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  • Foodservice's Road to Recovery


    “People who are saying restaurants are dead and everyone is going to cook at home are giving consumers way too much credit.” I second that quote from a member of our SFA Trendspotter Panel, Jonathan Deutsch of Drexel University, speaking at our recent webinar, Trends from Specialty Food LIVE!, our digital marketplace event held in January.

    Pre-COVID, aka the Before Time, dining out socially was a way of life for many—from grabbing quick fast-casual lunches to dinners out a few times a week. And after a year of hunkering down at home, many are eager to emerge from their bubbles, ready to enjoy.

    As vaccine rollouts increase and indoor dining restrictions become more lenient, recovery predictions are rolling in. A recent story in Bloomberg, Bars and Restaurants Are About to Go on an Epic Post-COVID Hiring Spree, quoted foodservice operators across the U.S. heartened by a noticeable uptick in business as weather warmed up, and the pandemic showed signs of receding. According to Labor Department data, bars and restaurants added almost 300,000 jobs across the country in February, the first substantial increase in four months.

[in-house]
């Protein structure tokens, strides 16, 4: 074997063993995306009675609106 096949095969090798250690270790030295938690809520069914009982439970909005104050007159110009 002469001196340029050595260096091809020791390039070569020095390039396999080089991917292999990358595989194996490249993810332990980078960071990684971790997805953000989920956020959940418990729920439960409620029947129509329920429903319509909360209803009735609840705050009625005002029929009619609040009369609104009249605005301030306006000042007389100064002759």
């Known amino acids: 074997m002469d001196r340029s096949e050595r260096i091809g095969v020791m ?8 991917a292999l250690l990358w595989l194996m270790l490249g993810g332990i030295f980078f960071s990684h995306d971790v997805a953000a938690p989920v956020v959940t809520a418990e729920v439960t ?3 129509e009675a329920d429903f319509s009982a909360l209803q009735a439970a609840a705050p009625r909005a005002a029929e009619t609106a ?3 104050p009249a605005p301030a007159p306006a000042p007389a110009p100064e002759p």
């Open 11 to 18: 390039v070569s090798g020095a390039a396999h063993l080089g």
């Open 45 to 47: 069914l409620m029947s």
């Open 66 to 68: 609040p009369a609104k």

High hopes aside, the pace of foodservice’s return is still dependent on a number of variables influencing consumers’ comfort levels. In our spring issue of Specialty Food magazine, we look at Foodservice in Crisis: How the Channel Can Recover. There is no question that foodservice has been devastated. More than 110,000 restaurants—about 17 percent of all locations—are gone, according to National Restaurant Association data. Some segments, especially small immigrant-owned mom-and-pop restaurants, were severely hit, as you can read about in the issue. Hope to prevent more closings has come in the form of the recently passed Restaurant Revitalization Fund, part of President Biden’s American Rescue Plan. But clearly, recovery is going to take years for the channel to return to pre-COVID sales.

    While in survival mode this past year, some of the new avenues of business operators turned to are expected to continue as key to recovery, including:

    •  Ghost kitchens.  Consumers have gotten used to and comfortable with restaurant quality food at home and it will remain part of their dining habits even as they begin to branch outside more. With ghost or dark kitchens,  restaurants  can  operate  for  delivery without incurring high overhead costs.

    •  Off-premise dining. Delivery was rising even before the pandemic and is certainly part of the norm now. Many operators plan to make this a priority and ongoing investment.

    •  Specialty retail products.  Several restaurants and food trucks began packaging their proprietary sauces and condiments, making them available for sale via e-commerce or in brick-and-mortar retail.

    You can read more about the trends and changes that are going to help pave foodservice’s way back in the spring issue. Like many things post-COVID, all signs point to a comeback shaped by a new normal. 


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